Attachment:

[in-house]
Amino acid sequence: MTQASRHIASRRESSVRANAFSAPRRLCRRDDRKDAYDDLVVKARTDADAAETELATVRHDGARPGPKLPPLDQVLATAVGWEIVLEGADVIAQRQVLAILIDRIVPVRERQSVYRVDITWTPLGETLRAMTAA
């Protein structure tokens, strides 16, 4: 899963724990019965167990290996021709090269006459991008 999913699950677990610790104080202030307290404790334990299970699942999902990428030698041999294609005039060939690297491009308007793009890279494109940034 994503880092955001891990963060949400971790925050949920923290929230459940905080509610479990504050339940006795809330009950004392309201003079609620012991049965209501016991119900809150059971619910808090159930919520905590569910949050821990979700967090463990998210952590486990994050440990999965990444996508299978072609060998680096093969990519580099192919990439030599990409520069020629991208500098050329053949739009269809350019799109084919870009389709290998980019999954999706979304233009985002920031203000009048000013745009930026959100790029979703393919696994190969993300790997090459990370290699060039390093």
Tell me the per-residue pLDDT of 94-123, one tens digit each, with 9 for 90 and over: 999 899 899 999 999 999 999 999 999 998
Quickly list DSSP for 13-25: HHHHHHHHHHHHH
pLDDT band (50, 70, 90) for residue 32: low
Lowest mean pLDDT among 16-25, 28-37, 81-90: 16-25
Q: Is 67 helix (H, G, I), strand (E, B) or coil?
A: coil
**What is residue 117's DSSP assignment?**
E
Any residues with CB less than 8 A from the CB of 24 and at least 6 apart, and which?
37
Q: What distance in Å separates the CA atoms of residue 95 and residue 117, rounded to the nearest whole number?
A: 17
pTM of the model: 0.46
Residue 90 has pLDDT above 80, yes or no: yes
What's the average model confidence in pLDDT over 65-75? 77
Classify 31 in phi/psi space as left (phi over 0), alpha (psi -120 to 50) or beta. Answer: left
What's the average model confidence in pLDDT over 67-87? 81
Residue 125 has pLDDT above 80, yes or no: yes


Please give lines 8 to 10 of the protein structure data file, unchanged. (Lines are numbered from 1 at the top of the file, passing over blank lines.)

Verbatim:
Q: Is 67 helix (H, G, I), strand (E, B) or coil?
A: coil
**What is residue 117's DSSP assignment?**